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Or crafty malice might pretend this praise,
And think to ruin, where it seemed to raise.
These are, as 2 some infamous bawd or whore
Should praise a matron. What could hurt her

But thou art proof against them, and, indeed,
Above the ill fortune of them, or the need.
I therefore will begin. Soul of the age!
The applause, delight, the wonder of our

My Shakespeare, rise! I will not lodge thee by


Chaucer, or Spenser, or bid Beaumont lie
A little further, to make thee a room:
Thou art a monument without a tomb,
And art alive still 3 while thy book doth live
And we have wits to read and praise to give.
That I not mix thee so, my brain excuses,
I mean with great, but disproportioned
Muses; 4

For if I thought my judgment were of years,
I should commit thee surely with thy peers,
And tell how far thou didst our Lily outshine,
Or sporting Kyd, or Marlowe's mighty line. 30
And though thou hadst small Latin and less

From thence to honour thee, I would not seek For names; but call forth thundering Æschylus,

Euripides, and Sophocles to us;

Pacuvius, Accius, him of Cordova dead,5
To life again, to hear thy buskin tread,
And shake a stage; or, when thy socks were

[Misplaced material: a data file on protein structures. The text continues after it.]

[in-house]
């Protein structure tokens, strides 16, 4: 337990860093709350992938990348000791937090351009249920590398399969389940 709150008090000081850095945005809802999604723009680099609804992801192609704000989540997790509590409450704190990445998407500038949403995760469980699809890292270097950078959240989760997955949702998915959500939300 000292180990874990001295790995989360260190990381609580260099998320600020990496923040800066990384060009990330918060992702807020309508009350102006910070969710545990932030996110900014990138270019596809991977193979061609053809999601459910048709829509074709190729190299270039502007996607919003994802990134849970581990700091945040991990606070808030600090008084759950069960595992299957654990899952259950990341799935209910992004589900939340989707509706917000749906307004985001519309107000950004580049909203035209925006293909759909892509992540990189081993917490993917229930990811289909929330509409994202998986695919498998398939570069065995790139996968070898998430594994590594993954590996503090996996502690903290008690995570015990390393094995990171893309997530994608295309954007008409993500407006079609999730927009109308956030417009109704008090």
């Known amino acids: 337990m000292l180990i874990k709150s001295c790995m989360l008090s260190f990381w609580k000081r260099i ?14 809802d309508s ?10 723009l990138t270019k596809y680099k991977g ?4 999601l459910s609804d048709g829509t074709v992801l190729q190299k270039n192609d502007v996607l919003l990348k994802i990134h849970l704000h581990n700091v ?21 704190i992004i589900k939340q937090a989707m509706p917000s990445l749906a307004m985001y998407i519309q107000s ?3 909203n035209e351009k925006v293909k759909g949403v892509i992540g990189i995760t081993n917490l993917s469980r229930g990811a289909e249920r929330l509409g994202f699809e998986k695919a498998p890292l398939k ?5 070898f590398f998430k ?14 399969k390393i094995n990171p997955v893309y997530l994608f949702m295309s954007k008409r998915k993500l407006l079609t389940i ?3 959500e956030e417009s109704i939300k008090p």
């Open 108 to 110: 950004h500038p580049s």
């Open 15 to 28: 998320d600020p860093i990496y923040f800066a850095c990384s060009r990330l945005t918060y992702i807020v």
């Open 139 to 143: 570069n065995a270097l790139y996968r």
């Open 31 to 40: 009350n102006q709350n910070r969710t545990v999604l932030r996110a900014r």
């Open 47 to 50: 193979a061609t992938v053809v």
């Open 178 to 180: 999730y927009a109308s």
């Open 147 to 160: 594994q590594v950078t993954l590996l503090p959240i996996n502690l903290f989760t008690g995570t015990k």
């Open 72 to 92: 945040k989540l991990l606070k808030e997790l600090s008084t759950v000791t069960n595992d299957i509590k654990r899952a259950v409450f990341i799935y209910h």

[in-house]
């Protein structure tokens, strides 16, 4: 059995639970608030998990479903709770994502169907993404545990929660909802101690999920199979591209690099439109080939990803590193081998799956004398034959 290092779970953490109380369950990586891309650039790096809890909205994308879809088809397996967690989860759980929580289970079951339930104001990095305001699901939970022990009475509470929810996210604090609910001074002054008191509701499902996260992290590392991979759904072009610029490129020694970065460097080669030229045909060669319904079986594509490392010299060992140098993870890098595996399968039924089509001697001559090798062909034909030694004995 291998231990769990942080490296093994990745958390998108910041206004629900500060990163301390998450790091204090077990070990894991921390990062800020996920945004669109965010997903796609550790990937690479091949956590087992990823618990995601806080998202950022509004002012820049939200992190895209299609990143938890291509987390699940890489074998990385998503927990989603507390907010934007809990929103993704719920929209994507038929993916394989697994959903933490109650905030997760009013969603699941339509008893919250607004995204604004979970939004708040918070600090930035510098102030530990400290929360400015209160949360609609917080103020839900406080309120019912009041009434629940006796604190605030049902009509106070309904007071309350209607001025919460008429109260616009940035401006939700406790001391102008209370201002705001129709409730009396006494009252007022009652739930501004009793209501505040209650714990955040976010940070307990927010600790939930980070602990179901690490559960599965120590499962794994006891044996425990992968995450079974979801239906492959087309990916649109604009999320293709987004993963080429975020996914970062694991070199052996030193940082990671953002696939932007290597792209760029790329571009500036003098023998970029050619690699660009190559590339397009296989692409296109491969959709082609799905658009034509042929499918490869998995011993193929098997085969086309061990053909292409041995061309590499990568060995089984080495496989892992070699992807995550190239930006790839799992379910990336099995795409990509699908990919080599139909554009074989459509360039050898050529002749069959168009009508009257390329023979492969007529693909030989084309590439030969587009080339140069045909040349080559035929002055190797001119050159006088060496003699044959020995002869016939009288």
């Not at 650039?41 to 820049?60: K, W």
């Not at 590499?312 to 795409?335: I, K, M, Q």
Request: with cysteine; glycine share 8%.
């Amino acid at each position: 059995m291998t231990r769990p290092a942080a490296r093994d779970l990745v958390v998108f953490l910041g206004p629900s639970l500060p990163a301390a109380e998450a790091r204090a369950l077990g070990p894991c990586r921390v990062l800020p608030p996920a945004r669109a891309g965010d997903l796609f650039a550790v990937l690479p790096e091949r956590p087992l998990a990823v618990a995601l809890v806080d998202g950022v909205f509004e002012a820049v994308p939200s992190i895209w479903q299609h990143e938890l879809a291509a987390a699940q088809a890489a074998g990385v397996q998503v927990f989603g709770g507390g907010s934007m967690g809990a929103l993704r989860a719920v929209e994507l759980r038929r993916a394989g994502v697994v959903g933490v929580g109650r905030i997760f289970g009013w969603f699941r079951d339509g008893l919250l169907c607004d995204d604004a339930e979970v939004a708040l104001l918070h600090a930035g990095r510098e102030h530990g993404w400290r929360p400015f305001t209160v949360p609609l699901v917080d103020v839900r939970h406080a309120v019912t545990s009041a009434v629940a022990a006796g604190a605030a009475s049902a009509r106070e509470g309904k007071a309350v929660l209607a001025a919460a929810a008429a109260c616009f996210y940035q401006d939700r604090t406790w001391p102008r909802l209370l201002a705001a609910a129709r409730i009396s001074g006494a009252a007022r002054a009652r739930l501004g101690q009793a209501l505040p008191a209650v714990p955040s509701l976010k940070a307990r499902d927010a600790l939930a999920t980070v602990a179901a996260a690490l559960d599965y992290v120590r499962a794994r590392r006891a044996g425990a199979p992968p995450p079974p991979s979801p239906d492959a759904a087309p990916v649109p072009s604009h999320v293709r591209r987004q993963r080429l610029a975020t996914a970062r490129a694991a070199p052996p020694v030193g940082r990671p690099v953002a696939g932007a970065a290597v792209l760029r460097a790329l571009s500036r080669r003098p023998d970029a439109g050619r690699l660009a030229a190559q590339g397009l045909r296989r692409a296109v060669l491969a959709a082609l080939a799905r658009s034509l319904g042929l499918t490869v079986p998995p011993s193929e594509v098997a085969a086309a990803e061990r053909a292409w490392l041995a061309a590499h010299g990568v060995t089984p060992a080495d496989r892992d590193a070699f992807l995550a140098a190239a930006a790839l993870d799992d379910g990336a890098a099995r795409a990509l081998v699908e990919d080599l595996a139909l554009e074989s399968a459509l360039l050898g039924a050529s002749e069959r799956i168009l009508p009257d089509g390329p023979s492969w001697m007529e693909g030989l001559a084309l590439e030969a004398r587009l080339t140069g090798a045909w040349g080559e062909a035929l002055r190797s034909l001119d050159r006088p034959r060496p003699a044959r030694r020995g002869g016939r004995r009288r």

Leave thee alone for the comparison

Of all that insolent Greece or haughty Rome
Sent forth, or since did from their ashes come.
Triumph, my Britain, thou hast one to show
To whom all scenes of Europe homage owe. 42
He was not of an age, but for all time!
And all the Muses still were in their prime,

1 vote, opinion 2 as if 3 forever 4i.e. poets not equal to thee Pacuvius, Accius, and Seneca, the most famous Latin tragedians the high shoe of tragedy the low shoe of comedy

When, like Apollo, he came forth to warm
Our ears, or like a Mercury to charm!
Nature herself was proud of his designs
And joyed to wear the dressing of his lines!
Which were so richly spun, and woven so fit,
As, since, she will vouchsafe no other wit. 50
The merry Greek, tart Aristophanes,
Neat Terence, witty Plautus, now not please;
But antiquated and deserted lie,

As they were not of Nature's family.
Yet must I not give Nature all; thy art,
My gentle Shakespeare, must enjoy a part.
For though the poet's matter nature be,
His art doth give the fashion; and, that he
Who casts to write a living line, must sweat,
(Such as thine are) and strike the second heat
Upon the Muses' anvil; turn the same
(And himself with it) that he thinks to frame,
Or, for the laurel, he may gain a scorn;
For a good poet's made, as well as born.
And such wert thou! Look how the father's

Lives in his issue, even so the race


Of Shakespeare's mind and manners brightly shines


In his well turnèd, and true filed lines;
In each of which he seems to shake a lance,
As brandished at the eyes of ignorance.
Sweet Swan of Avon! what a sight it were
To see thee in our waters yet appear,
And make those flights upon the banks of

That so did take Eliza, and our James!
But stay, I see thee in the hemisphere
Advanced, and made a constellation there!
Shine forth, thou Star of poets, and with rage
Or influence, chide or cheer the drooping stage,
Which, since thy flight from hence, hath